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Mana's Fher Olvera on Artists Engaging Politically, Speaking Up Against Trump and Other Voices of 'Hate': Exclusive

 Daniel Knighton/Getty Images
Fher Olvera of Mana performs during opening night of their 'Cama Incendiada Tour' at Valley View Casino Center on June 10, 2015 in San Diego, California. 

"Such an aggressive reference to one race can't pass unnoticed."

Speaking out politically is a potential mine field for artists, with the potential to alienate large numbers of people -- fans or potential fans alike -- in one fell swoop. Politicizing oneself is a particularly sensitive act for Latin acts, whose work is heard across a myriad of diverse countries and cultures.

When it comes to U.S. politics, Latin acts who aren’t from here or don’t live here are often leery about speaking up. Not so for Fher Olvera, frontman for Maná, the hugely popular Mexican rock band that is also one of the top touring and top selling Latin acts of all time. To wit: Maná was the first act to publicly decry Trump’s derogatory comments about Mexicans and Latin Americans.

In an exclusive interview conducted between arena shows in the U.S., Olvera tells Billboard why him and his band felt the need to raise their voices.

Many people have minimized Trump’s comments by saying he’s not someone to be taken seriously. What do you say to that?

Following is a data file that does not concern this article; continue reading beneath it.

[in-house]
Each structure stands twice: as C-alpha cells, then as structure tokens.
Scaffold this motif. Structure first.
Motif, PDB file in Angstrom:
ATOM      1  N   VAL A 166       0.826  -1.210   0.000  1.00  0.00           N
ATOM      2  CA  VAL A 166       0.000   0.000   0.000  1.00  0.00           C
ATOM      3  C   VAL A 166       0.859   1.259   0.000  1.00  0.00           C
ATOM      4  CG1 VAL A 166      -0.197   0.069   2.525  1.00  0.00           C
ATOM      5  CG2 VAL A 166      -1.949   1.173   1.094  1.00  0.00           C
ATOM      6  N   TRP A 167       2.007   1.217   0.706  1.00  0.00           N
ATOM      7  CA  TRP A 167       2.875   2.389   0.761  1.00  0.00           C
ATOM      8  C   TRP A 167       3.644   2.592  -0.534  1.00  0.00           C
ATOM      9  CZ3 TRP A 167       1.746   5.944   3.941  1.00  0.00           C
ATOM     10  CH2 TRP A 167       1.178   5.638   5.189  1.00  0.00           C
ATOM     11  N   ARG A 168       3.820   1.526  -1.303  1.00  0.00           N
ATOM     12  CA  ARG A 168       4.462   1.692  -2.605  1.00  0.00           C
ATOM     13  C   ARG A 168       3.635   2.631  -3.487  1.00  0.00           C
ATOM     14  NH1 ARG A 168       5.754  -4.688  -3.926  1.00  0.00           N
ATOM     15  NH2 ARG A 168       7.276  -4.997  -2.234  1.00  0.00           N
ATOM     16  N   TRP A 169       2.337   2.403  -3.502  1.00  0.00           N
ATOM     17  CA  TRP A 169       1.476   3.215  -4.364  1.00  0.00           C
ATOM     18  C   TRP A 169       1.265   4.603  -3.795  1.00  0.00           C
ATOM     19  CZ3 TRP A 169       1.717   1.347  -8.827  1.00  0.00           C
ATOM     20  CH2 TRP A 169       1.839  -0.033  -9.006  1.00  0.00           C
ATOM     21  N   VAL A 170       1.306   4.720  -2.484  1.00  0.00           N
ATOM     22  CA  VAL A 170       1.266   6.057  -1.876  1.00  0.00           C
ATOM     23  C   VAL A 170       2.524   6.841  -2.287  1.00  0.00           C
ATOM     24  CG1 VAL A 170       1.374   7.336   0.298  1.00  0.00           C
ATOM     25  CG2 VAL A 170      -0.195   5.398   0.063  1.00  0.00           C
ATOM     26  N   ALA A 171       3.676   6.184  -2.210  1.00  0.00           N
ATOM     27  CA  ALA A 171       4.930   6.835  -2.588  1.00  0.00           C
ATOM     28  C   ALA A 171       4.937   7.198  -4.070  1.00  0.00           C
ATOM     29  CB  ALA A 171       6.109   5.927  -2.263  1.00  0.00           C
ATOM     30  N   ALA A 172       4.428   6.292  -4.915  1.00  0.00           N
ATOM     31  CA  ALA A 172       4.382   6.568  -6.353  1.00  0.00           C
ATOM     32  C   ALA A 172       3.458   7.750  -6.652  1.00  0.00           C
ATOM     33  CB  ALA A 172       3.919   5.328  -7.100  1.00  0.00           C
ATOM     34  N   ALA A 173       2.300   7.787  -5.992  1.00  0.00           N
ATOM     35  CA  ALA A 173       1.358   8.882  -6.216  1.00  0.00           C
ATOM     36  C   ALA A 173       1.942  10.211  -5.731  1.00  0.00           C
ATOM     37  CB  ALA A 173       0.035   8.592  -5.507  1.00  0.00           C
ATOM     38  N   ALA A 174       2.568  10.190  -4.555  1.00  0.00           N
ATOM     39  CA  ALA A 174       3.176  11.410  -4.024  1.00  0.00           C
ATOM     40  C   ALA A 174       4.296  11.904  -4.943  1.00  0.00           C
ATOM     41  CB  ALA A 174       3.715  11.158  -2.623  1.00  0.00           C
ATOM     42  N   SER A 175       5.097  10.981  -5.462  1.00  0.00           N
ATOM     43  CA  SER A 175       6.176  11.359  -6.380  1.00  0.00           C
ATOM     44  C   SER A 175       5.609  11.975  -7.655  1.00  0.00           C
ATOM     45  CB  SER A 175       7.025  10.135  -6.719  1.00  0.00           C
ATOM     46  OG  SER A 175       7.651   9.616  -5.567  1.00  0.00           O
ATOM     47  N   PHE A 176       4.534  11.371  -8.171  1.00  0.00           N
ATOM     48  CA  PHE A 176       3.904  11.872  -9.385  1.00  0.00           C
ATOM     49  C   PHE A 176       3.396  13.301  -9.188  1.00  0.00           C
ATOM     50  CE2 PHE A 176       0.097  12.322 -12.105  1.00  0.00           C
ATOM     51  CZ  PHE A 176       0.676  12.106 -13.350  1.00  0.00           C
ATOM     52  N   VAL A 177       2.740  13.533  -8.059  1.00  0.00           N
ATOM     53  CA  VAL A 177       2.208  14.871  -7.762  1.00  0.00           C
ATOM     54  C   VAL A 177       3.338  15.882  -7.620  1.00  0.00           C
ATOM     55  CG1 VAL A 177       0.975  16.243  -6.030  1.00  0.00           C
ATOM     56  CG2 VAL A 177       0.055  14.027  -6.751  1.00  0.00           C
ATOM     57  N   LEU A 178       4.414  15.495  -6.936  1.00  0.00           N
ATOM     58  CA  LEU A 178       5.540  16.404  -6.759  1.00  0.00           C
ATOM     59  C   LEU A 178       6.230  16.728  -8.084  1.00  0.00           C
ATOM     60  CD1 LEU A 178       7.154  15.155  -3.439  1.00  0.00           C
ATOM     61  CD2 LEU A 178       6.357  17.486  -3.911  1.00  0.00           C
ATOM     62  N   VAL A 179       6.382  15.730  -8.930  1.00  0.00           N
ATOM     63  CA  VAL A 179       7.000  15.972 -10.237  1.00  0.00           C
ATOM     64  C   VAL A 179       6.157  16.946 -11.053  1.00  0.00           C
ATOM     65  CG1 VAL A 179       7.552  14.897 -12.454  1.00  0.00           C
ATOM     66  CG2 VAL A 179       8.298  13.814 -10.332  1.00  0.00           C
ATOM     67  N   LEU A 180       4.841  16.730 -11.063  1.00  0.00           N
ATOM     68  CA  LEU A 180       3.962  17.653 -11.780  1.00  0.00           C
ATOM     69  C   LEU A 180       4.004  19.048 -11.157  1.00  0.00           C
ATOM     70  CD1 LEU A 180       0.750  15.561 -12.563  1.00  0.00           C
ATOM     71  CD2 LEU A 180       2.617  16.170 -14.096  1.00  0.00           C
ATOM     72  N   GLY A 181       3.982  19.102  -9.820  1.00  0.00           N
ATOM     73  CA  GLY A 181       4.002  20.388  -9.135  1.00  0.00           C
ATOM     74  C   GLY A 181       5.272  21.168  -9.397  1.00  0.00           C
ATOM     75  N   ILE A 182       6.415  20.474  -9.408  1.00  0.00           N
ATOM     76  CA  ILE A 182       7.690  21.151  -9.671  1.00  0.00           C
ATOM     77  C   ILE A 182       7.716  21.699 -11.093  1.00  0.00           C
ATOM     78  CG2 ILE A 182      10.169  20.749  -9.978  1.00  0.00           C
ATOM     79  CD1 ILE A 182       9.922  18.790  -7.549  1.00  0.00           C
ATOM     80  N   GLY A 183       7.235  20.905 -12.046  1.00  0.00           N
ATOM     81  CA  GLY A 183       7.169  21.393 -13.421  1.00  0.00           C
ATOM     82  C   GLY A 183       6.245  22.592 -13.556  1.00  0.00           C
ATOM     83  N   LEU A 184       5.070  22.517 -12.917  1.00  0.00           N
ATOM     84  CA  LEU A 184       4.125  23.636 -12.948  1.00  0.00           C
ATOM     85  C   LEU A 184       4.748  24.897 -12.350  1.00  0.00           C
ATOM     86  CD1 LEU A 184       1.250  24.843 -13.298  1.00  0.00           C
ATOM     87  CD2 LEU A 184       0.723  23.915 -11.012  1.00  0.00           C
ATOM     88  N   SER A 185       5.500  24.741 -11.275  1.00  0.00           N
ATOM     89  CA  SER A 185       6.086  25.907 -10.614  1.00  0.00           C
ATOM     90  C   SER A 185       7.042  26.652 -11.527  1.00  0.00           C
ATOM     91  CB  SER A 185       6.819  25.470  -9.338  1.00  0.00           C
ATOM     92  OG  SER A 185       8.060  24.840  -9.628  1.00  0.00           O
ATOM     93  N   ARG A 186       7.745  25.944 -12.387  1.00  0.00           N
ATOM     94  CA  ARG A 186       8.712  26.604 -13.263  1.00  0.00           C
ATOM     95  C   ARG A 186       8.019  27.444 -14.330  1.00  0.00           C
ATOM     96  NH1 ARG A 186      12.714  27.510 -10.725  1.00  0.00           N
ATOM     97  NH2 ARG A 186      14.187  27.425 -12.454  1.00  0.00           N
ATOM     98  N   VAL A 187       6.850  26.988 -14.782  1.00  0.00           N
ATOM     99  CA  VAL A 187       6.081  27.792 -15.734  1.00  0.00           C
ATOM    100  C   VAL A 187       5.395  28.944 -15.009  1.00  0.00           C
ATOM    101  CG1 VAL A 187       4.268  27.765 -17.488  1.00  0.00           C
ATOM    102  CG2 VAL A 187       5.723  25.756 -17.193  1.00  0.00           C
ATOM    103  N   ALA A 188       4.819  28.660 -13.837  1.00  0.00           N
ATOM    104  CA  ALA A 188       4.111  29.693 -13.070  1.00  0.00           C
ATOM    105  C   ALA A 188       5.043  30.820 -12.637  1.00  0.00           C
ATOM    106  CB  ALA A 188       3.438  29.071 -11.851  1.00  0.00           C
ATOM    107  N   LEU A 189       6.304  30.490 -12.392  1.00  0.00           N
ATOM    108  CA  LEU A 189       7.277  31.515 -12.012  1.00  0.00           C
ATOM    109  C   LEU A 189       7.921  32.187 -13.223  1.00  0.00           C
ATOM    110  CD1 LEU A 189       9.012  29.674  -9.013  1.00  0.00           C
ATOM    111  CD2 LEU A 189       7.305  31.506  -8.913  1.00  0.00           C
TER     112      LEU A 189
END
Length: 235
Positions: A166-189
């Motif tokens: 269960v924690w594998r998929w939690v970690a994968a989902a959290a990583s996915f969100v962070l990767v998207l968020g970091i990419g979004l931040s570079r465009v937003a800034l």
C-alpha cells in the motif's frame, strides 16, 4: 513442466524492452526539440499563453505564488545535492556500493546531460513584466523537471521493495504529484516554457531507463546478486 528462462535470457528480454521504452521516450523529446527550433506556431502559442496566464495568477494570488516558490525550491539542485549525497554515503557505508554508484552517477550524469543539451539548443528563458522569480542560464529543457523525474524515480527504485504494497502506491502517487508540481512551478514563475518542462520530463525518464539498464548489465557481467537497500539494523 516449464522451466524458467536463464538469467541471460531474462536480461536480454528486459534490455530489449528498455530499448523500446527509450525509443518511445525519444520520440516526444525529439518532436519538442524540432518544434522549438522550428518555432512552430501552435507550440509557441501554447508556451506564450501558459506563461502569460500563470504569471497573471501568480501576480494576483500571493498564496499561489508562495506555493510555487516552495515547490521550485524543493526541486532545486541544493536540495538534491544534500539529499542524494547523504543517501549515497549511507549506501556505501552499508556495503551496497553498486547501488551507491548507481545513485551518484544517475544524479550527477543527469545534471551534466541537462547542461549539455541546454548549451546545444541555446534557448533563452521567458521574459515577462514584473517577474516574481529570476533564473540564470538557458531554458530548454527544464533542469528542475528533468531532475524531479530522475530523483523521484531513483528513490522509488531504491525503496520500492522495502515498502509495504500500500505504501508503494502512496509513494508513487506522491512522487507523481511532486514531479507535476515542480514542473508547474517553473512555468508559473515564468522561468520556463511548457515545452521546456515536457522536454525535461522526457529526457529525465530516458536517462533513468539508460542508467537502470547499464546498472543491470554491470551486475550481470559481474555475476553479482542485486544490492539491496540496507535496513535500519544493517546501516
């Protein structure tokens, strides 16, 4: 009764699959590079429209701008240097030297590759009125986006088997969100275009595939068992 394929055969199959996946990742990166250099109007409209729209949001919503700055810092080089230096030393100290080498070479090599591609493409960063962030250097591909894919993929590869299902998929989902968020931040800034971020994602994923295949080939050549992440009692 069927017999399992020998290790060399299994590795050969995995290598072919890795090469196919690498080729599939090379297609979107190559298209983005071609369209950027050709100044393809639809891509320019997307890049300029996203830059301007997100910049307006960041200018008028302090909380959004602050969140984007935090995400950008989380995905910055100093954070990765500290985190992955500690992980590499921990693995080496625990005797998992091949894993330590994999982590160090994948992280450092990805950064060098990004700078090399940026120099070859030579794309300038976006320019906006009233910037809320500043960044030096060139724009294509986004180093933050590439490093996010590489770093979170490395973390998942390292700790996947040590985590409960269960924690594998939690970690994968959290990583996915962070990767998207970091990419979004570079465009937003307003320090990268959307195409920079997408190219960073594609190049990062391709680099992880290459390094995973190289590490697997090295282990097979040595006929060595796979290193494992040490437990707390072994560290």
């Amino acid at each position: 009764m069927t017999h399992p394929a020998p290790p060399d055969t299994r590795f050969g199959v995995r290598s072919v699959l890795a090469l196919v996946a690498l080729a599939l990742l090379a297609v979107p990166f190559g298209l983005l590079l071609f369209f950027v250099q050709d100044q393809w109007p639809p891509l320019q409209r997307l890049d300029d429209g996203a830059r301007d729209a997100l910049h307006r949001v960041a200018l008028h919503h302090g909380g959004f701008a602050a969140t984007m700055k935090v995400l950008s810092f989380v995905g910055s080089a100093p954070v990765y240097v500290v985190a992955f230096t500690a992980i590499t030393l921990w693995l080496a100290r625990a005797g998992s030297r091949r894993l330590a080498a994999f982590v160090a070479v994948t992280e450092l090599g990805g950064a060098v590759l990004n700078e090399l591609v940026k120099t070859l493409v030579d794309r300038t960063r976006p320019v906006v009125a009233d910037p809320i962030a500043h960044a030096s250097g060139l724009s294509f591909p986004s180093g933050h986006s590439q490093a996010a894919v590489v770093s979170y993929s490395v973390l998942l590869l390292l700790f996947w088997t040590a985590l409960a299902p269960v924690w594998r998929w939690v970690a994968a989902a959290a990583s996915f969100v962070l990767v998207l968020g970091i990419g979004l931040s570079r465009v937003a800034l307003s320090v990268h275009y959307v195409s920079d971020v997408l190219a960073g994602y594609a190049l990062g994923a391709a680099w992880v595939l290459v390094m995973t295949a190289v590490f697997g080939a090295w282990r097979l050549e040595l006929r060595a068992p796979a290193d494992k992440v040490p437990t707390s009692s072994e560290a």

At the end of the day, he can be a “pendejo” [a fool] -- he’s a guy whose head doesn’t work well -- but he’s an important celebrity. And he makes such an aggressive reference to a race, it can’t pass unnoticed. We have to express what we think as Latins. I don’t think we should stay quiet. We have to express the truth: He’s a man full of violence and hate, and really, it’s obvious he dislikes Latins and Mexicans, even though many work for him. It’s an unfair posture from an ungrateful boss. We can’t keep quiet in a country where we’re trying to make a living.

Has Maná ever performed at a Donald Trump event or pageant?

We’ve never wanted to be there. They’ve invited us three times. Overall, Americans are also upset with such a racist attitudes. It was [excessive]]. I think he should apologize and do a formal press conference. It’ll be hard for him to get elected with this kind of rhetoric. 

Maná is a group that’s very outspoken on different social issues. You’ve spoken out for access to birth control and also for immigration reform, for example. Is that your obligation as an artist? 

There’s nothing wrong with artists not speaking up, and it’s their right [whether] to get involved or not. But in my personal opinion I wish they would,  whether it be for political, social or philosophical reasons.

In a way, artists are like troubadours; they’re the voice of the people. Like Carlos Santana said, we are the hose that takes water to people. And I write songs that tell those stories. “Pobre Juan” (Poor Juan), for example, is a song about a real waiter who told me he’d spent 11 years here unable to go back to his family. It’s his story.

Why should artists speak out?

In the first place, because this country enjoys freedom of speech. It’s a beautiful thing. But we’re also speaking about a humanitarian issue. It’s not fair for a group to come here, to help build a country, and then be called trash. It’s a violation. And wherever there are violations, we should speak up. Whether in India or Venezuela. I’m not Venezuelan, but I’m not going to keep quiet about the terrible things that politicians have done there. We speak with respect, but we can see what’s happening, and it goes beyond politics. It’s a violation of human rights.